When I suggested to my son that we foster a greyhound, his initial reaction was eagerness. But a few hours before Macho was to be delivered to our house, I found Charlie in the office, lying on a chair, petting his cat, being uncharacteristically silent.
"I'm not sure if I'm ready for another dog," he said.
We lost our Sally during the summer, and have been making do quite nicely (or so we've thought) with two cats. But we've missed her, and missed having a dog. (Click here to read more). My running pal and his wife have a houseful of greyhounds -- dogs I'm quite fond of, dogs that remind me of the pleasures of canine company.
Yet I understood what Charlie was saying. I empathized with his mixed emotions, felt my heart bruise at the idea of another dog stepping (albeit gingerly) into it.
"Charlie," I said, "no dog will ever replace Sally. We don't expect one to. We don't want one to; that's not the reason we're getting (even temporarily) another one."
"I know," he said. "I'm just thinking."
Macho's been here 24 hours now. He has slept, eaten, gone on a few short walks, conked out afterward, and played for perhaps a total of three minutes with a squeaky toy we bought him before he got here.
When Charlie got into the car after school, he didn't even rummage for his drive-home snack before he asked what Macho had done today.
We know Macho has already been adopted. We're just keeping him till after Christmas, when his forever family will bring him home for good. Meanwhile, we delight in hearing dog toenails on the hardwood floors again. Once more, dark-puddled eyes mesmerize us. We've pulled out the Milk Bones we'd bought for Sally and had yet to throw away. Macho doesn't seem that interested, but I rather like seeing them again.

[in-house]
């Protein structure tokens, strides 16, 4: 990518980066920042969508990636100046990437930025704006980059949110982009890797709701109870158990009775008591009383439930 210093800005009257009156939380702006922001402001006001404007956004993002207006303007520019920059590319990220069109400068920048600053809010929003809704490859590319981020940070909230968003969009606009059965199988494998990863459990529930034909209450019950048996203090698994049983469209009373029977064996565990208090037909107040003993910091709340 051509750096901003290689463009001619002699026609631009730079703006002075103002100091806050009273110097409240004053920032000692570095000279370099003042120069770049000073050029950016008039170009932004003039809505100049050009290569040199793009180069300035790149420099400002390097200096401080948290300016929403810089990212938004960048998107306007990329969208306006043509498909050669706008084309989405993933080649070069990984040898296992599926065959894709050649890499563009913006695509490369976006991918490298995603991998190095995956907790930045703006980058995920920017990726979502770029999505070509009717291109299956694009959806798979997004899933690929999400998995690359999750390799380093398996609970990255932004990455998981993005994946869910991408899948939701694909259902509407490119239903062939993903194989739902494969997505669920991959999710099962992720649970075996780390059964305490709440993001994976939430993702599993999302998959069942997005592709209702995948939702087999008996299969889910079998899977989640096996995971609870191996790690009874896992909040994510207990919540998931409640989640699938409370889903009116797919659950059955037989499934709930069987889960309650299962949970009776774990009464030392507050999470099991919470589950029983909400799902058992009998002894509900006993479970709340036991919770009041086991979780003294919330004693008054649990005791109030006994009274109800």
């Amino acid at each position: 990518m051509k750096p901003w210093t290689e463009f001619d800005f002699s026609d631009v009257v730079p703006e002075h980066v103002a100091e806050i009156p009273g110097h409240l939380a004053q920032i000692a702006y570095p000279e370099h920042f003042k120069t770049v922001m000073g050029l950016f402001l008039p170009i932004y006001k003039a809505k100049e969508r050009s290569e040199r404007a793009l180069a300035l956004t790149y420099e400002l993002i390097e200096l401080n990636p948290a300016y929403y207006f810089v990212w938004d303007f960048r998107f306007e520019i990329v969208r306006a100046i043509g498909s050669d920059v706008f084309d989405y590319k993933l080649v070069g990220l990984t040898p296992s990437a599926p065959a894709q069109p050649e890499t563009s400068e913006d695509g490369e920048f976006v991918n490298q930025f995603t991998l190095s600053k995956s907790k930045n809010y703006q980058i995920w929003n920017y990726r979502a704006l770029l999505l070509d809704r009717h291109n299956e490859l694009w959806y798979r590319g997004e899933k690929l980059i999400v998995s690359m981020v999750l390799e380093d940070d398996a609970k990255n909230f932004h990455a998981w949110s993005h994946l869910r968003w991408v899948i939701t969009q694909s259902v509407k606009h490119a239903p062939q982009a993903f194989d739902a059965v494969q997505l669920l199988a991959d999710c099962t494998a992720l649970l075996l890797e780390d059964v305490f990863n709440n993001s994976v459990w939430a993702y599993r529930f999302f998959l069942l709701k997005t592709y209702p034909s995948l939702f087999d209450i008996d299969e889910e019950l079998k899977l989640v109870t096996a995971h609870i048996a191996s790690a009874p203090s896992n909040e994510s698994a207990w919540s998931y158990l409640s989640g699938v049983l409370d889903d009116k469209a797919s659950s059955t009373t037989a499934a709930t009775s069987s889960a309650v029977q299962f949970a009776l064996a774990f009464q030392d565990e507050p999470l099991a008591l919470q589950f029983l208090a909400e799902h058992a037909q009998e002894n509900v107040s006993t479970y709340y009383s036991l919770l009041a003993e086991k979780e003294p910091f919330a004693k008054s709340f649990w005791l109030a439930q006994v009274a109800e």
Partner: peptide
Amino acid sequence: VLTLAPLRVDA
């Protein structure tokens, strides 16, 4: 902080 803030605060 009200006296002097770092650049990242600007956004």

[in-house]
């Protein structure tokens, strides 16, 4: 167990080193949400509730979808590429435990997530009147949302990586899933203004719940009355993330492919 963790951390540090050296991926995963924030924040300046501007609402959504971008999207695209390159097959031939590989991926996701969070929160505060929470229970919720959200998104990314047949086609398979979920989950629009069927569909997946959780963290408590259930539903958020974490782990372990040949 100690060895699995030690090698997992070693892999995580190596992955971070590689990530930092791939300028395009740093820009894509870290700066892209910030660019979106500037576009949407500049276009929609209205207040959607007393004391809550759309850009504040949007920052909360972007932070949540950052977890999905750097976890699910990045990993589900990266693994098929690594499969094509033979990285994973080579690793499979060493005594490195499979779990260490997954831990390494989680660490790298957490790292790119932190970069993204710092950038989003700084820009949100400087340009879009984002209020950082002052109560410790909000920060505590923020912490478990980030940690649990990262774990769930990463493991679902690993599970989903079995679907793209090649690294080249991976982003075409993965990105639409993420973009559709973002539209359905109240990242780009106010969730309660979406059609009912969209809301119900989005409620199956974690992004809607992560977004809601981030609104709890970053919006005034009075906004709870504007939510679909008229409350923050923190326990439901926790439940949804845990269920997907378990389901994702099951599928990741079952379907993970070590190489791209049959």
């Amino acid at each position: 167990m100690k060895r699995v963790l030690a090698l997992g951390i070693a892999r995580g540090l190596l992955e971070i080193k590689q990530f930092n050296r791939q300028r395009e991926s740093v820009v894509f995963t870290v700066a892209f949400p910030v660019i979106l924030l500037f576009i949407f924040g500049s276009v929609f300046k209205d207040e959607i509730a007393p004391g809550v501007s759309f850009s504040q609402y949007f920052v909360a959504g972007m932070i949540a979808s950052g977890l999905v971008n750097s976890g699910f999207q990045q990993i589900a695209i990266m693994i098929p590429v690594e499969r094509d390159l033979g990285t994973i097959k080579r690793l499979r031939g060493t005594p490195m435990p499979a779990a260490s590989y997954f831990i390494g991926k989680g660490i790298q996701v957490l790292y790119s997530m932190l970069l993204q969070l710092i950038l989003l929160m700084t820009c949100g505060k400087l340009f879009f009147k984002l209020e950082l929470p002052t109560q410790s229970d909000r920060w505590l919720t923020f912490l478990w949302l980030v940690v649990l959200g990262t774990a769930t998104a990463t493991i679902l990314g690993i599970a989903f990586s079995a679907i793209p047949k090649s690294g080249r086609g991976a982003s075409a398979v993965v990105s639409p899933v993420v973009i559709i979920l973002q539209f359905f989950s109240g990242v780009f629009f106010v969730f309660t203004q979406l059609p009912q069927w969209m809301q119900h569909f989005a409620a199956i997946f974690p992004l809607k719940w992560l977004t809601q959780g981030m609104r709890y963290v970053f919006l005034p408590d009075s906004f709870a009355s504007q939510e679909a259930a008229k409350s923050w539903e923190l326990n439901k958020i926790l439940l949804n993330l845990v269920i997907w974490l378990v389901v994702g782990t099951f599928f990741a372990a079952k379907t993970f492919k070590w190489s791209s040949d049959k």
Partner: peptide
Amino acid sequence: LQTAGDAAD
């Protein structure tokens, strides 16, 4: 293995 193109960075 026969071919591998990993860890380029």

Macho is big. He is white. He is a bit of a lummox, somewhat of an lug, the sweetest galoot you can imagine.We're pretty attached to him already. He slept in Charlie's room half of that first night here; right now, he's conked out by Charlie's bed for what we hope is a full night of sleep.
A half-hour earlier, Charlie was in the dining room, his laptop on the table, finishing his homework. He said something, which initially I thought was directed at me. Now, thinking back, I'm not so sure.
"I had forgotten," I heard him say, "how much fun having a dog is."
I'm a writer who loves to run and who is basically optimistic, albeit a bit hard on myself.
My son (that lovable kid here) may have spent too much of his summer vacation neither reading books not cleaning out his car, but he does have a great sense of humor. In other words, he usually thinks I'm funny.